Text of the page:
Indonesia is in the list of countries that have implemented both direct and indirect tax targeted at the digital economy. The key elements regarding Indonesia’s taxing policy is further discussed below.
Initially, Indonesia’s plan for taxing the digital economy was included as a part of the proposed omnibus tax law. Following the spread of COVID-19, Indonesia introduced Government Regulation in Lieu of Law Number 1 Year 2020 (Perppu-1) dated March 31 2020, which aimed to secure the country’s national economic stability, in which two of the tax agendas under the omnibus tax law were brought forward for implementation. One of the two concerned the taxation of the digital economy.
Perppu-1 subsequently was approved by the House of Representative (DPR). The regulations stipulated thereon became effective and the Indonesian government issued Law Number 2 Year 2020 (Law No. 2) on May 18 2020, which served as a formal legal instrument on the basis of Perppu-1.
Law No. 2’s approach to taxing the digital economy is to exert both direct tax (income tax) and indirect tax (VAT) obligations on foreign sellers, service providers and foreign e-commerce platforms (foreign digital players), sourcing revenue through digital transactions from the Indonesian consumer market.
Under Law No. 2, the income tax obligation will be applicable for foreign digital players with ‘significant economic presence’ in Indonesia, as they will be deemed to have a PE. If a PE cannot be deemed due to an existing tax treaty, an electronic transaction tax (ETT) will be imposed on direct sales or sales through the marketplace. Foreign digital players can appoint a representative in Indonesia to fulfil its tax obligations.
Furthermore, government regulation will be issued to stipulate the rate, imposition basis, and procedures for the calculation of income tax when a PE is deemed, and the ETT provision. Provisions on the threshold of constituting ‘significant economic presence’, procedures for payment and the reporting of income tax or ETT, and procedures for the appointment of representatives are all stipulated under the Ministry of Finance (MoF) Decree.
Law No. 2 does not provide much detail on VAT. However, MoF Decree No.48/PMK.03/2020 (PMK-48) was issued on May 5 2020, before Perppu was approved and converted into Law No. 2. PMK-48 serves as the implementing regulation specifically for Article 6, paragraph 13(a) of Perppu-1 which stipulated that procedures for VAT collection, payment and reporting for cross-border digital transactions will be further regulated.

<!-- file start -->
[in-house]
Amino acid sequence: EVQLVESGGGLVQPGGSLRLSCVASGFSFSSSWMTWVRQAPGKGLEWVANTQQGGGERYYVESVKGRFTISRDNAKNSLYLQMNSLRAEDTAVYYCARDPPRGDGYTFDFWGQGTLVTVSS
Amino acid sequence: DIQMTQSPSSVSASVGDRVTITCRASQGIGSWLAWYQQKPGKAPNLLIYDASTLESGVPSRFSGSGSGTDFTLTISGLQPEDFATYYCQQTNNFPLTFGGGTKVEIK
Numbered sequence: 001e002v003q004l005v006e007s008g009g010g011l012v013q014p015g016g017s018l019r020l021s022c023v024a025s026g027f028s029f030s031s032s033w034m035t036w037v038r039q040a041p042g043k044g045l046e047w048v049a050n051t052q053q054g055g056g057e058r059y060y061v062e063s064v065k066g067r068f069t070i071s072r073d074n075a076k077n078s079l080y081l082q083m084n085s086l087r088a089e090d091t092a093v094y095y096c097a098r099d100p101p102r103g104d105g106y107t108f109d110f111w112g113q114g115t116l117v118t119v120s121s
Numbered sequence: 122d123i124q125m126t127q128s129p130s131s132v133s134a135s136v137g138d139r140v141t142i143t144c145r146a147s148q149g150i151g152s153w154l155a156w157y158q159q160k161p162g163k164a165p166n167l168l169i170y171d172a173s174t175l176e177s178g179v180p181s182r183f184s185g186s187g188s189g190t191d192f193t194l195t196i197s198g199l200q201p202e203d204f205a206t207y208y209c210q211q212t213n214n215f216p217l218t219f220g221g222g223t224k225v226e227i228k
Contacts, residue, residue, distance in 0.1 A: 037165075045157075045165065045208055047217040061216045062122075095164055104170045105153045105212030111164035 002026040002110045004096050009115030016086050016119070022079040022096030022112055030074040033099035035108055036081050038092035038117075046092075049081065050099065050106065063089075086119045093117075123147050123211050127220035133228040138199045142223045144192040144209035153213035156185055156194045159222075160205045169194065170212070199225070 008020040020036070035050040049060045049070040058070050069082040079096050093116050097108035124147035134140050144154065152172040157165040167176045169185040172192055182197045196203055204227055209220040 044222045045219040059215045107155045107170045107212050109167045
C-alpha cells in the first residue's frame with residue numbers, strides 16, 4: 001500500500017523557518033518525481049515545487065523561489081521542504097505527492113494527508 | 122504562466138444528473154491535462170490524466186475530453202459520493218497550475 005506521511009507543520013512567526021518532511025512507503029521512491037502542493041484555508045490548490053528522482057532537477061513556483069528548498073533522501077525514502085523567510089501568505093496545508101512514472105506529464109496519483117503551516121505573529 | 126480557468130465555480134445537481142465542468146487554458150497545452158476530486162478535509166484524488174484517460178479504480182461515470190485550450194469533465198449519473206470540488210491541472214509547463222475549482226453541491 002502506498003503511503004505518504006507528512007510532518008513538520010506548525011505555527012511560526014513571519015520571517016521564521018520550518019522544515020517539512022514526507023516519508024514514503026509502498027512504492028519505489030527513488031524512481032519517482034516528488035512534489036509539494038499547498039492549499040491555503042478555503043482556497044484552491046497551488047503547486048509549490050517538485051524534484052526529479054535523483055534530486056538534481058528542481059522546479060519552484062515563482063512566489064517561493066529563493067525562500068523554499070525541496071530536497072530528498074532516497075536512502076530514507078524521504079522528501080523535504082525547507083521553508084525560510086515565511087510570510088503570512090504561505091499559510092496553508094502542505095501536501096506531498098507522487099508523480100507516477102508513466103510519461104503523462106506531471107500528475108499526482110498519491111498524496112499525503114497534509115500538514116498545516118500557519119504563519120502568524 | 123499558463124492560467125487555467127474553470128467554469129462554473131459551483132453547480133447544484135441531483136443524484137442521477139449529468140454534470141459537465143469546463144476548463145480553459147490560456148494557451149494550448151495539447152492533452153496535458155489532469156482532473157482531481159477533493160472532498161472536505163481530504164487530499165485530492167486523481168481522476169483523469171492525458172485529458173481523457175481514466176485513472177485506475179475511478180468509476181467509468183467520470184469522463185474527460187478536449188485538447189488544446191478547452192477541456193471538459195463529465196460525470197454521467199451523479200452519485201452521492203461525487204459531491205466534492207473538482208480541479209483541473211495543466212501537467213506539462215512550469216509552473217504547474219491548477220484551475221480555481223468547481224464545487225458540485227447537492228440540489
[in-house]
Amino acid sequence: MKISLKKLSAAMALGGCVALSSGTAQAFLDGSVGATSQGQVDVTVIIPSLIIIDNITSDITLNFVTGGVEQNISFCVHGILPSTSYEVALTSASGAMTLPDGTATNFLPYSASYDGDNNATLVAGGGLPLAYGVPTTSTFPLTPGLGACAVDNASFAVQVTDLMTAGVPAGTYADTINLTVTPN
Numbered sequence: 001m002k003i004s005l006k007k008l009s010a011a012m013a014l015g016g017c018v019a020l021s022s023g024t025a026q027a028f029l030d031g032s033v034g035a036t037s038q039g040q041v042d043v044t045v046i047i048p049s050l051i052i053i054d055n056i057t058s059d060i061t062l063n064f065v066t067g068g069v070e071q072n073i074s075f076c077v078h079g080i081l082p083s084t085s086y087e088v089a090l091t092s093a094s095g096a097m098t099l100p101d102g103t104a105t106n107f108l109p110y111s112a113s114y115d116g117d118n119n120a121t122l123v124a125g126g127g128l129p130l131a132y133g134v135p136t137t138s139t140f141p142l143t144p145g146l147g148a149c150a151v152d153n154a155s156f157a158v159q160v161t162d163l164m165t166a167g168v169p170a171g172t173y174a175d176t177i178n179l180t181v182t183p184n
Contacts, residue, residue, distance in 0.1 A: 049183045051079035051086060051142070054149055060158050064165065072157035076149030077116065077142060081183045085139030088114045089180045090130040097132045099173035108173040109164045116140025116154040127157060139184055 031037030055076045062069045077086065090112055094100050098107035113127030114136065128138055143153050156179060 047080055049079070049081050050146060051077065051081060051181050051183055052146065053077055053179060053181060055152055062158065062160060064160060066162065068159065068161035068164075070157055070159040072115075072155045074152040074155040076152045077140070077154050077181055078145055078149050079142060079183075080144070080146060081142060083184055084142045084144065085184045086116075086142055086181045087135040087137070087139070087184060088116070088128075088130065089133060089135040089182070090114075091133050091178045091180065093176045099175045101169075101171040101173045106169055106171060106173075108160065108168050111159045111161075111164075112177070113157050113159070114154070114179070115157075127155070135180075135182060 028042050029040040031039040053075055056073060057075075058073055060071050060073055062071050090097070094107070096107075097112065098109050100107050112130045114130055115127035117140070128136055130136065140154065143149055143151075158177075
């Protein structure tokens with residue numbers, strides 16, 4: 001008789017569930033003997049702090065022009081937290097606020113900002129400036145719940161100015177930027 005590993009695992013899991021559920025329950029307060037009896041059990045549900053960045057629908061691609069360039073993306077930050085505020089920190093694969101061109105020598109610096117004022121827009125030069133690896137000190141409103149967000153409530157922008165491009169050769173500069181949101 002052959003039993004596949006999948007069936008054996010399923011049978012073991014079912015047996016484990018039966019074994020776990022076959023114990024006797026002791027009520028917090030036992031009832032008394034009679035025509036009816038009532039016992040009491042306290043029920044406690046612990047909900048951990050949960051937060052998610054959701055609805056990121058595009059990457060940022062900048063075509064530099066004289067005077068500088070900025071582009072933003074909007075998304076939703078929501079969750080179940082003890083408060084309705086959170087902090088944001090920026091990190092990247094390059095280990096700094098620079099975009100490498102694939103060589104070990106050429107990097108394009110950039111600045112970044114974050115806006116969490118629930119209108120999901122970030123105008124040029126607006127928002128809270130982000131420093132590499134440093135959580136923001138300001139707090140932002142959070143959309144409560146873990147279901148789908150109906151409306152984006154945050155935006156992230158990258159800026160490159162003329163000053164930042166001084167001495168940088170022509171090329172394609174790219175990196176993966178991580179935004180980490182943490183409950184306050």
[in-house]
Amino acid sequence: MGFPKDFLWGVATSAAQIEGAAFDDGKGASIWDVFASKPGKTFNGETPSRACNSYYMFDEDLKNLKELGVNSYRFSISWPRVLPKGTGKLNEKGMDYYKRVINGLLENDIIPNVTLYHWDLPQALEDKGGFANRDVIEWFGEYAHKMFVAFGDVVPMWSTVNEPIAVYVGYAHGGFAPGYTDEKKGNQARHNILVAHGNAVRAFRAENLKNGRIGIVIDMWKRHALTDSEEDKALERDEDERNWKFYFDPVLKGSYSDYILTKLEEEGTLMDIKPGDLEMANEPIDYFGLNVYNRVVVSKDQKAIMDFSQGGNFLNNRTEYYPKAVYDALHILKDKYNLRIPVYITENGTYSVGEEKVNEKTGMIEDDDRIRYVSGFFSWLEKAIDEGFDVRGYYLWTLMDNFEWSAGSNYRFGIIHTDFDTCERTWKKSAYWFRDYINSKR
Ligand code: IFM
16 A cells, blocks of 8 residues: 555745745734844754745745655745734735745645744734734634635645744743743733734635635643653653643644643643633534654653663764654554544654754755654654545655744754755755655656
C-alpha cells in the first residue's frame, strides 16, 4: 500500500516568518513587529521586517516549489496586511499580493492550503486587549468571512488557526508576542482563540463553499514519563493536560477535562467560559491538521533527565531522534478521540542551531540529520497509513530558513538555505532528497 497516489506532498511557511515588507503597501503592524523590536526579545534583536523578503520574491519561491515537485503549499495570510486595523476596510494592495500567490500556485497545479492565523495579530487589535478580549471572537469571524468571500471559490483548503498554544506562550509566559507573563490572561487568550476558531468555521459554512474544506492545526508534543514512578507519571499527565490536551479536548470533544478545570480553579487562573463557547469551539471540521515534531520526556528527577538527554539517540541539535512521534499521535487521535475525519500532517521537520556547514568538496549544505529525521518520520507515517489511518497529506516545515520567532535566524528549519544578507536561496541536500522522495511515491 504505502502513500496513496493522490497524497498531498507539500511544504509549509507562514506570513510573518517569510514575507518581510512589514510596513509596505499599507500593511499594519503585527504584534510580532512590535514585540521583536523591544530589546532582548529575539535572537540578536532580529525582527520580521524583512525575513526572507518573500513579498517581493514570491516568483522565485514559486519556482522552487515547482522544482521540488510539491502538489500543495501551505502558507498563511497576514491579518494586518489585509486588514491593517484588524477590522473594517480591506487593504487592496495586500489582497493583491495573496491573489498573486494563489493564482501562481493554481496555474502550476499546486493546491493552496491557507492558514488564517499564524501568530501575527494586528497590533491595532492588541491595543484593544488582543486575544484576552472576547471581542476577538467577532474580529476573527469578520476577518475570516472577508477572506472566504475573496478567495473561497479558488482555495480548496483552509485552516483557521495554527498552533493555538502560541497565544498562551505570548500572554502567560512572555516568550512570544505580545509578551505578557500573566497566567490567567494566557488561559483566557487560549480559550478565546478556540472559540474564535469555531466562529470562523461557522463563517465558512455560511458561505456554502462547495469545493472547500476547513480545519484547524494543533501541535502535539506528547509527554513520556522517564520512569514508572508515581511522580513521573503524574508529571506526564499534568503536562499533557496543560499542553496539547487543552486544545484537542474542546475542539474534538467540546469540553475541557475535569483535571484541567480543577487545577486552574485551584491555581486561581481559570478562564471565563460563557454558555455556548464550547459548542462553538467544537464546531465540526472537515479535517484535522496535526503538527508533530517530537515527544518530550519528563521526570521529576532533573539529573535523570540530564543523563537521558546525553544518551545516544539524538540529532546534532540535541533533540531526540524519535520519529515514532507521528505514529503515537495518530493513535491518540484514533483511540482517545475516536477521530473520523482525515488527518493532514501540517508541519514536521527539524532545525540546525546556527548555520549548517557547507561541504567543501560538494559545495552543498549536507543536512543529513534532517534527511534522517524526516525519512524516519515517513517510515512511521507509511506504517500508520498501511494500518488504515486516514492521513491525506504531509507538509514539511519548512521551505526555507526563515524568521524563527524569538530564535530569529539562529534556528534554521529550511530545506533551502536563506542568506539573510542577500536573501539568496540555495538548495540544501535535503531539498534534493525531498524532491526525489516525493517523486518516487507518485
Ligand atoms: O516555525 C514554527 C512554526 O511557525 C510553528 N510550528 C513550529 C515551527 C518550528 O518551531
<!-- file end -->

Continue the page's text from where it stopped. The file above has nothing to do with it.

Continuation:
Based on PMK-48, VAT at 10% needs to be applied on the provision of foreign intangible goods or services through electronic devices or systems in the Indonesian market. The scope of foreign intangible goods and services stretch out to cover pretty much all possible usage that can be delivered in digitalised format – prominent examples include Netflix, Spotify and Zoom. In order to implement VAT, these foreign digital players or domestic marketplace are required to be appointed as a VAT collector. The appointment of a VAT collector must meet the following requirements: (i) user transaction value threshold in the past 12 months, and (ii) number of traffic/access volume exceeding a certain threshold in the past 12 months.
Following the enactment of Law No. 2, the Directorate General of Taxes (DGT) issued Regulation No. PER-12/PJ/2020 (PER-12) on June 25 2020 which sets transaction thresholds and other detailed rules concerning the appointment of foreign e-commerce players as VAT collectors. PER-12 entered into effect on July 1 2020 and serves as the implementing regulation of Law No.2. PER-12 defines an electronic system as a series of tools and electronic procedures to prepare, collect, process, analyse, store, show, announce, send, or distribute electronic information. PER-12 sets the following threshold for the purposes of appointing foreign e-commerce players as VAT collectors for their activities in Indonesian market: